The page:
Trashy Tegan: One thing this story demonstrates is that given the correct material the three very different companions in season nineteen could stimulate some real drama, a conflict of ideologies. Unfortunately the other thing that it shows off it reveals is that that is impossible given their extreme personalities. Sarah Sutton gets Tegan’s shrillness and Adric’s bossiness perfect but unfortunately when it comes to something as morally ambiguous as an peoples opinions of death you need far more realistic or at least toned down characters to bring it to life. I am very pleased that Sarah Sutton chose to represent Tegan as a strident individual and not try and conjure up an embarrassing Australian accent. She has a vein of sarcasm that makes the Doctor tense up.
Spoilt Brat: The most celebratory cliffhanger of all time – Adric is stabbed with a sharp dagger and crumples to the ground! Imagine the collective cheer that rang when people first listened to this release! Gah saved by an unfortunate quirk of biology…if only someone could have whispered in the guy’s ear that the Alzarian heart was on the other side of the chest! I’m glad to see Adric portrayed authentically as a bossy know it all, just how he was in season nineteen. Sounds truculent and is used to being told off! ‘Just because you don’t understand their culture, it doesn’t make them evil!’ – even with Sutton (excellently) playing the role I still want to strangle the condescending little rat. Death follows Adric closely (waiting for him…).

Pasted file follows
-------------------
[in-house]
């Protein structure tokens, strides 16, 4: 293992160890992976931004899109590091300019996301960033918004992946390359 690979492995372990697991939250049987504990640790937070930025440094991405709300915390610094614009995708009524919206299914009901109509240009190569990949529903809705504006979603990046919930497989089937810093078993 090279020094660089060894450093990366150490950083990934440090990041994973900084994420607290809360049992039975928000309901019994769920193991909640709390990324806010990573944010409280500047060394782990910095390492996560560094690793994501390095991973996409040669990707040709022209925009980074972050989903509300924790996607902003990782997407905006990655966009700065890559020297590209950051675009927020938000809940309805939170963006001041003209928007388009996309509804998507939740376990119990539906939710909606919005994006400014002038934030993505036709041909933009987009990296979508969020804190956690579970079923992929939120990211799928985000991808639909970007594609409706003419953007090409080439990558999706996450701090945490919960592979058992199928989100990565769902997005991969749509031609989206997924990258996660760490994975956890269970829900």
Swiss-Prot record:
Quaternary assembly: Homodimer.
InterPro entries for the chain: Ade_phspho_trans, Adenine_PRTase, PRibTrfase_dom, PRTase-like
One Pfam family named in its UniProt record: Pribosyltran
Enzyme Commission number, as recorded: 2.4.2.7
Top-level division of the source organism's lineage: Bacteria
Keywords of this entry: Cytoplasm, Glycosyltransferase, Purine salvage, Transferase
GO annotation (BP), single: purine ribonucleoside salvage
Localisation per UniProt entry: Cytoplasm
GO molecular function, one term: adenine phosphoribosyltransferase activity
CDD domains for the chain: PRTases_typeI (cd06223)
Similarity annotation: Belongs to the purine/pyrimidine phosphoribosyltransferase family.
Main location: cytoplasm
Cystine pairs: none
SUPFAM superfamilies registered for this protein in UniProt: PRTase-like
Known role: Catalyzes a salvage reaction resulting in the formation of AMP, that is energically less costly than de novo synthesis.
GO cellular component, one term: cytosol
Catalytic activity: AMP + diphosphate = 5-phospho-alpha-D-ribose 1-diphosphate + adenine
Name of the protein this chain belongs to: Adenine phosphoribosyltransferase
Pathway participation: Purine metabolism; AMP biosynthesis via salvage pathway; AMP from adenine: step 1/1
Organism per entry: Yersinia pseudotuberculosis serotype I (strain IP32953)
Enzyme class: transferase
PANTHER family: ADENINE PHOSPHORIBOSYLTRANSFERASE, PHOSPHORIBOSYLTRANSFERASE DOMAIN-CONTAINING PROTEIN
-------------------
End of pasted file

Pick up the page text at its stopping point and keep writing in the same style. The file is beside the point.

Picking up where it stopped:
Sparkling Dialogue: ‘We must trade…’
Great Ideas: Nyssa once went beyond death. Dar traders eating the dead of other races? The Traders vessel’s walls are covered with the dead, eyeless faces staring out as you walk through the corridors. They wish to see the threshold of death but be able to come back into the corporeal universe afterwards. The collect death but they cannot become it but they study it as an art and an experience. They could possibly build up immunity to every disease going. Their machine is made of dwarf star alloy, a very dense metal which is known to help travel between dimensions. The perfect assassin – a man who cannot be killed. The threshold is absolutely, perfectly silent, a place between both realms.